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Would you consider the following block of code match abuse and if so what's a more elegant way to do it without a big if-else-if block?

def sum(base: Int, xs: List[Int]): Int = {
  base match {
    case 0 => 1
    case _ if (base < 0) => 0
    case _ if (xs.isEmpty) => 0
    case _ => xs.sum
  }
}
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Very similar to my countChange implementation, but I used an inner function :) –  WhiteCat Sep 23 '12 at 21:18
    
You are aware of the honor code for Functional Programming Principles in Scala by Martin Odersky? "I will not make solutions to homework, quizzes or exams available to anyone else." –  Farmor Sep 24 '12 at 15:57
1  
@som-snytt I'm not sure I'm following you, (I'm targeting Chris here). The code Chris presents is the answer that will give you full score by the grader in the course. Not the answers but the question code. The honor code is very explicit and you can't miss it if you are enrolled in the course. "I will not make solutions to homework, quizzes or exams available to anyone else. This includes both solutions written by me, as well as any official solutions provided by the course staff." –  Farmor Sep 24 '12 at 19:00
    
Apologies. I didn't realize that posting my solution without mention of the course would be a problem. The count change problem is common and implementations are readily available online in many languages, including Scala. I will gladly redo the example to a more generic one but it would probably confuse anyone looking at dhg's answer. –  Chris Sep 24 '12 at 21:24
2  
Can I explain to folks here that SO mods don't police non-SE community terms, conditions, "honour codes", copyright violations etc. That's something Coursera would need to raise directly with SE. –  Kev Sep 24 '12 at 23:49

2 Answers 2

up vote 17 down vote accepted

Yes, this an abuse of match. You've basically just written a big if-else-if block, but in a more awkward form. What's wrong with if-statements?

I think it's much cleaner to just write this:

def countChange(money: Int, coins: List[Int]): Int = {
  if(money == 0) 1
  else if (money < 0) 0
  else if (coins.isEmpty) 0
  else countChange(money, coins.tail) + countChange(money - coins.head, coins)
}

If you want to stick with a match, you can move more of the checking into the match itself, so that it's actually doing something:

def countChange(money: Int, coins: List[Int]): Int = {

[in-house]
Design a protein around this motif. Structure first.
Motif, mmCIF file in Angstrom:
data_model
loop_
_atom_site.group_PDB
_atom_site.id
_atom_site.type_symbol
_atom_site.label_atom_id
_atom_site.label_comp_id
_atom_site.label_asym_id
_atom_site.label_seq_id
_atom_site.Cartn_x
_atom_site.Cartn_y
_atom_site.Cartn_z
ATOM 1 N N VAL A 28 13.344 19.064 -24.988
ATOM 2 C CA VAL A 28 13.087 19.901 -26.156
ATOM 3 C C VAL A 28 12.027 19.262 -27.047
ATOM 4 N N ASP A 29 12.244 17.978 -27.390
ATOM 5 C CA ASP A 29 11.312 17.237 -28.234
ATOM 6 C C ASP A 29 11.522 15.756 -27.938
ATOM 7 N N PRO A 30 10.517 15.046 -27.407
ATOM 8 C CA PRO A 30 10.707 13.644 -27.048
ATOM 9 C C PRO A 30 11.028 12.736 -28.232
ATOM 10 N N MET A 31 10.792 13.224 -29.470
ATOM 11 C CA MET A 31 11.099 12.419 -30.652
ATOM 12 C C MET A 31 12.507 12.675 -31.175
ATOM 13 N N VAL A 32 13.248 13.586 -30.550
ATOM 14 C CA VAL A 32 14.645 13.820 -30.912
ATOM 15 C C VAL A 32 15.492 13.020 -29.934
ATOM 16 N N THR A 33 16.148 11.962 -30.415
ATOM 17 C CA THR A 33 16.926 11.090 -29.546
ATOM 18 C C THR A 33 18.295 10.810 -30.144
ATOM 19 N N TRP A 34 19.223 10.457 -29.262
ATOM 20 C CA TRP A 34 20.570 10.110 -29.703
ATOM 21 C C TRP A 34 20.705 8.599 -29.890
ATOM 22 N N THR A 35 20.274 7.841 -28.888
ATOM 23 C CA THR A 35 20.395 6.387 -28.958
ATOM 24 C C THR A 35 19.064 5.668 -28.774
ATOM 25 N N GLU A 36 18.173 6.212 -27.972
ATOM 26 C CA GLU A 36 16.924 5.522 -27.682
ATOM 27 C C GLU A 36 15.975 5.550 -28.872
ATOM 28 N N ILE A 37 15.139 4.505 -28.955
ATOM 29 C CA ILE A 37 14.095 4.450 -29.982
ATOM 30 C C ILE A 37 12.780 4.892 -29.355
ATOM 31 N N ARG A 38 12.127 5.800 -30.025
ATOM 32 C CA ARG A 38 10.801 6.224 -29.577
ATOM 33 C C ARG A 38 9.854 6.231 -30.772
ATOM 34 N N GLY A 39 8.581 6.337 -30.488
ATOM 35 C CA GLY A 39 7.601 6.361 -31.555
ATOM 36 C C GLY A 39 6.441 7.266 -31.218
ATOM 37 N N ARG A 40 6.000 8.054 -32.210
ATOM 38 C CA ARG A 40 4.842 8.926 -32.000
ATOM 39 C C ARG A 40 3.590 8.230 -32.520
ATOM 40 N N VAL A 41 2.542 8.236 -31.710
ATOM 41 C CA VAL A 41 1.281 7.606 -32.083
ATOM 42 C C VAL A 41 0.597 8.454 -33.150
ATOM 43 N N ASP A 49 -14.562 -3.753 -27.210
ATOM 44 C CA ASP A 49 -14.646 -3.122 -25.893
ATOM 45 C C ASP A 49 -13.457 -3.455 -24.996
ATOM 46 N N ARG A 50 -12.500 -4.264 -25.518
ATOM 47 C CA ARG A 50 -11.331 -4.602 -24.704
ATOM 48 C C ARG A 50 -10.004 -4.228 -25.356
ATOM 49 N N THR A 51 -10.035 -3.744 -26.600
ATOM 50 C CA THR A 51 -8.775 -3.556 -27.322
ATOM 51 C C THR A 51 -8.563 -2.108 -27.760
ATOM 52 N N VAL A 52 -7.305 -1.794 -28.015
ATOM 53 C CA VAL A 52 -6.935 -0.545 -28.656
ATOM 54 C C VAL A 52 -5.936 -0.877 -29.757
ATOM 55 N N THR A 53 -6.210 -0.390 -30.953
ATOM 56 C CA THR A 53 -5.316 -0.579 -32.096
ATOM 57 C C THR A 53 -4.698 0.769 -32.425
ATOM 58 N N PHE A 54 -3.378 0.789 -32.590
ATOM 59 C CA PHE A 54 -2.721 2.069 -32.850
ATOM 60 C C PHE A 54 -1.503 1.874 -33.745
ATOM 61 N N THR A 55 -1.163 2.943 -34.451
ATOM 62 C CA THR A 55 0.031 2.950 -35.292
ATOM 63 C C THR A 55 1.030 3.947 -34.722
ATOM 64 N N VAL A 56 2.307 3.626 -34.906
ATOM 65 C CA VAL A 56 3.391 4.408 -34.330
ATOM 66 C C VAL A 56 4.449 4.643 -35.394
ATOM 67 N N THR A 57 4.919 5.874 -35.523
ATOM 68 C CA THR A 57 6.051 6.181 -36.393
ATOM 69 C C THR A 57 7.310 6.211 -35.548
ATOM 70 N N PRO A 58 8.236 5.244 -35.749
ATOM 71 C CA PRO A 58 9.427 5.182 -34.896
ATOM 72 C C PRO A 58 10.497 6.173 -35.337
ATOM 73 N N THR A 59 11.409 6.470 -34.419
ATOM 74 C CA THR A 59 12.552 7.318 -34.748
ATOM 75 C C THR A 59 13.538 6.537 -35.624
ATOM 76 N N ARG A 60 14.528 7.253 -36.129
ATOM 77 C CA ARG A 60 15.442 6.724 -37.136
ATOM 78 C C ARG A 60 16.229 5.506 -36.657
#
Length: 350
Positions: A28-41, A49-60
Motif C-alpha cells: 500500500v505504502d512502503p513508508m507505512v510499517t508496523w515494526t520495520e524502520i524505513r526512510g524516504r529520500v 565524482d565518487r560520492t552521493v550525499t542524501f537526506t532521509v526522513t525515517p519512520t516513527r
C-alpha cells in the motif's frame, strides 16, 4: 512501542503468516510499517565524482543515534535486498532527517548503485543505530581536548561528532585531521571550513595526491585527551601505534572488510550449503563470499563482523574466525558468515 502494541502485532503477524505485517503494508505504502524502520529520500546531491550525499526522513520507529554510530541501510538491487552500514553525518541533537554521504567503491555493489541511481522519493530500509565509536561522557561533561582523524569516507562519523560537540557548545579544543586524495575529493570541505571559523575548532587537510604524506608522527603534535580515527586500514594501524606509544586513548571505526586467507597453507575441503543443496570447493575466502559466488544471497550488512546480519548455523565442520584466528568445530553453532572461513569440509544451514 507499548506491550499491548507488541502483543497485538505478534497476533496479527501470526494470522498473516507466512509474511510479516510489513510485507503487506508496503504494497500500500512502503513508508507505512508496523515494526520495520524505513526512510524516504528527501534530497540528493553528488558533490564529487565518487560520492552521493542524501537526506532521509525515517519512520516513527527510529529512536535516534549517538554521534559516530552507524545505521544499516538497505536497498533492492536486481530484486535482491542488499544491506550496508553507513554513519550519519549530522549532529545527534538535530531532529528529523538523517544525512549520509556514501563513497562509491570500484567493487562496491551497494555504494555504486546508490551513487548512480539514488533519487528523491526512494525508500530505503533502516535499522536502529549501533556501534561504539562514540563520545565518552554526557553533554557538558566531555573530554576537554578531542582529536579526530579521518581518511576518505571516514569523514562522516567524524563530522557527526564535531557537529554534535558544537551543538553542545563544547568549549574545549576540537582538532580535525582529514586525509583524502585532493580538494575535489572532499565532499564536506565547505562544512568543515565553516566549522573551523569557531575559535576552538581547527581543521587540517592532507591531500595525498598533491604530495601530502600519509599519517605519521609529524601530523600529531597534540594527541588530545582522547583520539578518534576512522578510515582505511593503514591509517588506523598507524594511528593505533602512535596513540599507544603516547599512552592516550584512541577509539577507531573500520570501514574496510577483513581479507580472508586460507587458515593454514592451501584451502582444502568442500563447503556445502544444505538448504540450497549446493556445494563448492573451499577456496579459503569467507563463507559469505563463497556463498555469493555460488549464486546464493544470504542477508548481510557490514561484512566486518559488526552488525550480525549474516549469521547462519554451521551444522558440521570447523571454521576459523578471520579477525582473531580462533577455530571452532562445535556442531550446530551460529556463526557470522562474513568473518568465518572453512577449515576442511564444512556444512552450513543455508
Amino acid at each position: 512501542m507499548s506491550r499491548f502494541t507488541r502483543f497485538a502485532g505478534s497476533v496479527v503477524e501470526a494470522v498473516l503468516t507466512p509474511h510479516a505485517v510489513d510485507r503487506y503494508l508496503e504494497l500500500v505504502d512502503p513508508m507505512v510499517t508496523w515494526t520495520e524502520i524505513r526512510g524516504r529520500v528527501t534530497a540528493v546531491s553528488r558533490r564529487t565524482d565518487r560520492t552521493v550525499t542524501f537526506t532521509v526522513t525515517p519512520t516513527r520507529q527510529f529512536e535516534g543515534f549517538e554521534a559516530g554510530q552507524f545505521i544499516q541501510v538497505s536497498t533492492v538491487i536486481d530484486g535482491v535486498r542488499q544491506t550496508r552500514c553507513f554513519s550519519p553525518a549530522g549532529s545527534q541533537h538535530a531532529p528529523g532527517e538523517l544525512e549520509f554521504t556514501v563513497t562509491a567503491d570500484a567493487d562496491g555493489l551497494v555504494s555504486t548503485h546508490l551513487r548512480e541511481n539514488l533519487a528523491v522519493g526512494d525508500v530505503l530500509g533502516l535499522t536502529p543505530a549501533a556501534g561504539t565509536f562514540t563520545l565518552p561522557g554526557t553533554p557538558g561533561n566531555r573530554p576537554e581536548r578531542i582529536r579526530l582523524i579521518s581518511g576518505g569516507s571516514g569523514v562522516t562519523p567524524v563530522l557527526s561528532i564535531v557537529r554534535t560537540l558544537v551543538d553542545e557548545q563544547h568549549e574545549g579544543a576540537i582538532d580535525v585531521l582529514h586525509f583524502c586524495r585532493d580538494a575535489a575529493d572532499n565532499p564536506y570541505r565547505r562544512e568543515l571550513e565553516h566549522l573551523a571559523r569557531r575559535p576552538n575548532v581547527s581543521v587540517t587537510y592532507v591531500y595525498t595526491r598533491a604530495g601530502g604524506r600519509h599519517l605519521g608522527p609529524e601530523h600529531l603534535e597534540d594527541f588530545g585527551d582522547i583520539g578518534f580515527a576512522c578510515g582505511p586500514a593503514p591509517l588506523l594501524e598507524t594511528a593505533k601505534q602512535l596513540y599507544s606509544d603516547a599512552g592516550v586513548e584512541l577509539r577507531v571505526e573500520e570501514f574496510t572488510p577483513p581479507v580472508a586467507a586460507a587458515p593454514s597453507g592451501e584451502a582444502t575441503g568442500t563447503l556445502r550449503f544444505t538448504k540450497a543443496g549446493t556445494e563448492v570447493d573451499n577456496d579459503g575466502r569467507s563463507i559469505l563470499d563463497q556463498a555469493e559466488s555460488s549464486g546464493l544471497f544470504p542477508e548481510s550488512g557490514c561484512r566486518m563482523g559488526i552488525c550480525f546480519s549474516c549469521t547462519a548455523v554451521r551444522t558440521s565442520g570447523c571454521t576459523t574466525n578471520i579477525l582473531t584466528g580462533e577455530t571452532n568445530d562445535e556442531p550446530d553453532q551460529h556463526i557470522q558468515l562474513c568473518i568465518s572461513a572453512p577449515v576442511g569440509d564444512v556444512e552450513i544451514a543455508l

(money, coins) match {
    case (0, _) => 1
    case _ if (money < 0) => 0
    case (_, Nil) => 0
    case (_, coinsHead :: coinsTail) => countChange(money, coinsTail) + countChange(money - coinsHead, coins)
  }
}
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Thanks. It felt wrong to me and this clarifies it. –  Chris Sep 23 '12 at 21:22
    
Personally, I think the match/case version in the question is clearer and visually more pleasant than the succession of if/else if. Because of the => it has more separation between the conditions and the result expressions. Also, I can immediately tell that money match { ... } will be one expression, where as it is harder to say where the if expression ends. –  huynhjl Sep 24 '12 at 0:02
    
IMO the if/else is more readable, but if I were going to use the match I think I'd try to abbreviate. I'd write the second case as case (m, _) if (m < 0) => 0 and the last case as case (m, h :: t) => countChange(m, t) + countChange(m - h, coins). –  Aaron Novstrup Sep 24 '12 at 1:15
5  
Note that you have posted a solution to a graded assignment in Functional Programming Principles in Scala by Martin Odersky? I understand that you don't have to care as you aren't enrolled but it would be good to delete your answer as it implicit encourages cheating by making it searchable in engines. –  Farmor Sep 24 '12 at 16:00

No. Why abuse? It's fairly readable IMO...

The problem I see is that money match ... is fairly arbitrary (you only use the direct pattern in the first case); a complete "abuse" would start like

() match {
  case _ if (money == 0) => 1
  ...

So perhaps stick to if-else; you can combine the second and third condition (if( money < 0 || coins.isEmpty ) ...)


Also note that although you "know" in the end that coins is not empty and thus may "safely" call head and tail on it, this is a typical source of unexpected runtime errors. The advantage of coins match { case Nil => ...; case head :: tail => ...} is that you cannot make such a mistake.

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